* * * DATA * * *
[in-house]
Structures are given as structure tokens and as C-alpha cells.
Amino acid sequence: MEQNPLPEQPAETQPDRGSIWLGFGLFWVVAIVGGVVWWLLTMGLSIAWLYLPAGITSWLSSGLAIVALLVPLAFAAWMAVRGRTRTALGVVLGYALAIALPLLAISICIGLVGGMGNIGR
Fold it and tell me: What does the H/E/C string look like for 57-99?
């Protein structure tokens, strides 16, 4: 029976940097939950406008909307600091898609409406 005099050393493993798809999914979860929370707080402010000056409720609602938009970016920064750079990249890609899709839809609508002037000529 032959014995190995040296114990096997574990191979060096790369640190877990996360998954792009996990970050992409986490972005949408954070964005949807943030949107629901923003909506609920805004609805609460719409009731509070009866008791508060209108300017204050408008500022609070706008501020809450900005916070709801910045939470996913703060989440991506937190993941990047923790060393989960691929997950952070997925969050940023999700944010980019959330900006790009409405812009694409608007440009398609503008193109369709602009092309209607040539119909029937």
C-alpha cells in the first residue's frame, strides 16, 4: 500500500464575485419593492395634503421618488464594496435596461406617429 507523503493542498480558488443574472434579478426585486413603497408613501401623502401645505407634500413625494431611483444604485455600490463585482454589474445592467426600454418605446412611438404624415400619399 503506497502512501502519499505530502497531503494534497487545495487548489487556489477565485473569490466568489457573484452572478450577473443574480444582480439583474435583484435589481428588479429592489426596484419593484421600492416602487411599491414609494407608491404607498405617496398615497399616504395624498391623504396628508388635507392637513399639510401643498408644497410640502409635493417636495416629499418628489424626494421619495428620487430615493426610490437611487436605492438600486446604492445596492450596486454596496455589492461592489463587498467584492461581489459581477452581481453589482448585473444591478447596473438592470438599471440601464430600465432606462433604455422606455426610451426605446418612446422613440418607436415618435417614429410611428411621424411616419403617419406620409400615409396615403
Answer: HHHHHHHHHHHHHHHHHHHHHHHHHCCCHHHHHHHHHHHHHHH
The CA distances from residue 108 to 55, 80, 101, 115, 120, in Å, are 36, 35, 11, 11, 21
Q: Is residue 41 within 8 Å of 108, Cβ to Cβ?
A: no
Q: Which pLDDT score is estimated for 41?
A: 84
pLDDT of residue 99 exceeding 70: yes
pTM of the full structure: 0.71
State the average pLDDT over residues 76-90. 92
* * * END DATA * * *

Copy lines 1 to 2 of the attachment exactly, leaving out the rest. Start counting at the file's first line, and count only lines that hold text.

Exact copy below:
[in-house]
Structures are given as structure tokens and as C-alpha cells.